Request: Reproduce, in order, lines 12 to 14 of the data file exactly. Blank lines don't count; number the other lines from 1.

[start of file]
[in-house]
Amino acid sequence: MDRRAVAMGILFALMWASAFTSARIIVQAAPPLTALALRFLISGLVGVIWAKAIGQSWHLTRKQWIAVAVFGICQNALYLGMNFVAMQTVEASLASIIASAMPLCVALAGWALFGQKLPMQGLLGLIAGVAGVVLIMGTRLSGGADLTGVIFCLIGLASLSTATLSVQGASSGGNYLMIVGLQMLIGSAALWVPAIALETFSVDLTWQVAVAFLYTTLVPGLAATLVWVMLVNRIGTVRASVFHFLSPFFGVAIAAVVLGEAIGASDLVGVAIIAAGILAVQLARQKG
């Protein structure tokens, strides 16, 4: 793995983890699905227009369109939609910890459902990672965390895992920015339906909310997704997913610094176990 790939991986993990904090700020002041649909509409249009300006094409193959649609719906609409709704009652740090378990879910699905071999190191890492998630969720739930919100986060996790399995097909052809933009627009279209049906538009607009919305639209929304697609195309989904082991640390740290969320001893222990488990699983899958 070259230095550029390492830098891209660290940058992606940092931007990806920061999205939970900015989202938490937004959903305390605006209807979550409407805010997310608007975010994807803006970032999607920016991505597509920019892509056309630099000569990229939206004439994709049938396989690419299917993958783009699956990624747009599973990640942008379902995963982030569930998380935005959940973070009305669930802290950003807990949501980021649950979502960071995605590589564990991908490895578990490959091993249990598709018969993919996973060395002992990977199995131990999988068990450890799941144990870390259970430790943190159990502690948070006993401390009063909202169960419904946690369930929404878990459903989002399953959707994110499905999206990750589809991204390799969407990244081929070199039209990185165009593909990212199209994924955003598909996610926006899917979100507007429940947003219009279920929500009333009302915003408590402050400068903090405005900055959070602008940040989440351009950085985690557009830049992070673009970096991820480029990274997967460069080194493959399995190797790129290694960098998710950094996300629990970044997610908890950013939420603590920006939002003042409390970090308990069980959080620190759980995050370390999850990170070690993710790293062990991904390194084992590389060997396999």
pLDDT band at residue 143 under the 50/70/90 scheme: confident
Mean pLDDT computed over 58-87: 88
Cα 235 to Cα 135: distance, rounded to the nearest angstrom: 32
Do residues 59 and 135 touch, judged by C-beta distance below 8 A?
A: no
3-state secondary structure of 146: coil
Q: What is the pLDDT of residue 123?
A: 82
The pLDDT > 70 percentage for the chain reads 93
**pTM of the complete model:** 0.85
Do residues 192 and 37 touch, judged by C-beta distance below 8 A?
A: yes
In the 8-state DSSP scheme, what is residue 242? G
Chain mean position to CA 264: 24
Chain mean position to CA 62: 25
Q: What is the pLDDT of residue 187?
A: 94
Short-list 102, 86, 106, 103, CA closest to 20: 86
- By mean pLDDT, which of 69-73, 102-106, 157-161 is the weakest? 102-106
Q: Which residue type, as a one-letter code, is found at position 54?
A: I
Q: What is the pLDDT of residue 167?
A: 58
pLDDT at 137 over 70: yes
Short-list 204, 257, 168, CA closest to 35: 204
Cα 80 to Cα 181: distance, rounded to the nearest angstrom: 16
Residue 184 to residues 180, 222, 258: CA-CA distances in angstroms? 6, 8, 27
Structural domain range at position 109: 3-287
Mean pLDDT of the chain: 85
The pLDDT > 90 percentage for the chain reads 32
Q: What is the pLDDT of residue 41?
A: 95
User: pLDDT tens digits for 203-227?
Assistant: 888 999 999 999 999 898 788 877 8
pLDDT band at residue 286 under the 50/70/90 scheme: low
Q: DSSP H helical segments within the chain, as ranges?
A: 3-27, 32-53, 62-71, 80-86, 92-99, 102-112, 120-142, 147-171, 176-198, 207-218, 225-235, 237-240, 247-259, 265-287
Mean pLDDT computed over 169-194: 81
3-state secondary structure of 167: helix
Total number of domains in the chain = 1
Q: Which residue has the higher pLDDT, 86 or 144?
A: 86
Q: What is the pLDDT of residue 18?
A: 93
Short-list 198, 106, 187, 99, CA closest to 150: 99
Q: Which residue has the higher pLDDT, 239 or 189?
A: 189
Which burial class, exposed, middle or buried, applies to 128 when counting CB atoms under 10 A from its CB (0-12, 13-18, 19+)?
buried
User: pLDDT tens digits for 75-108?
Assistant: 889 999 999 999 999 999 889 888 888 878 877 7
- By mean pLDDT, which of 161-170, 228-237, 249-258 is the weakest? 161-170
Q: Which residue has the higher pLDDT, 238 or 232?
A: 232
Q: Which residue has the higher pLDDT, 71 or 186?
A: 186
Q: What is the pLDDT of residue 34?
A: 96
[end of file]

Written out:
The pLDDT > 70 percentage for the chain reads 93
**pTM of the complete model:** 0.85
Do residues 192 and 37 touch, judged by C-beta distance below 8 A?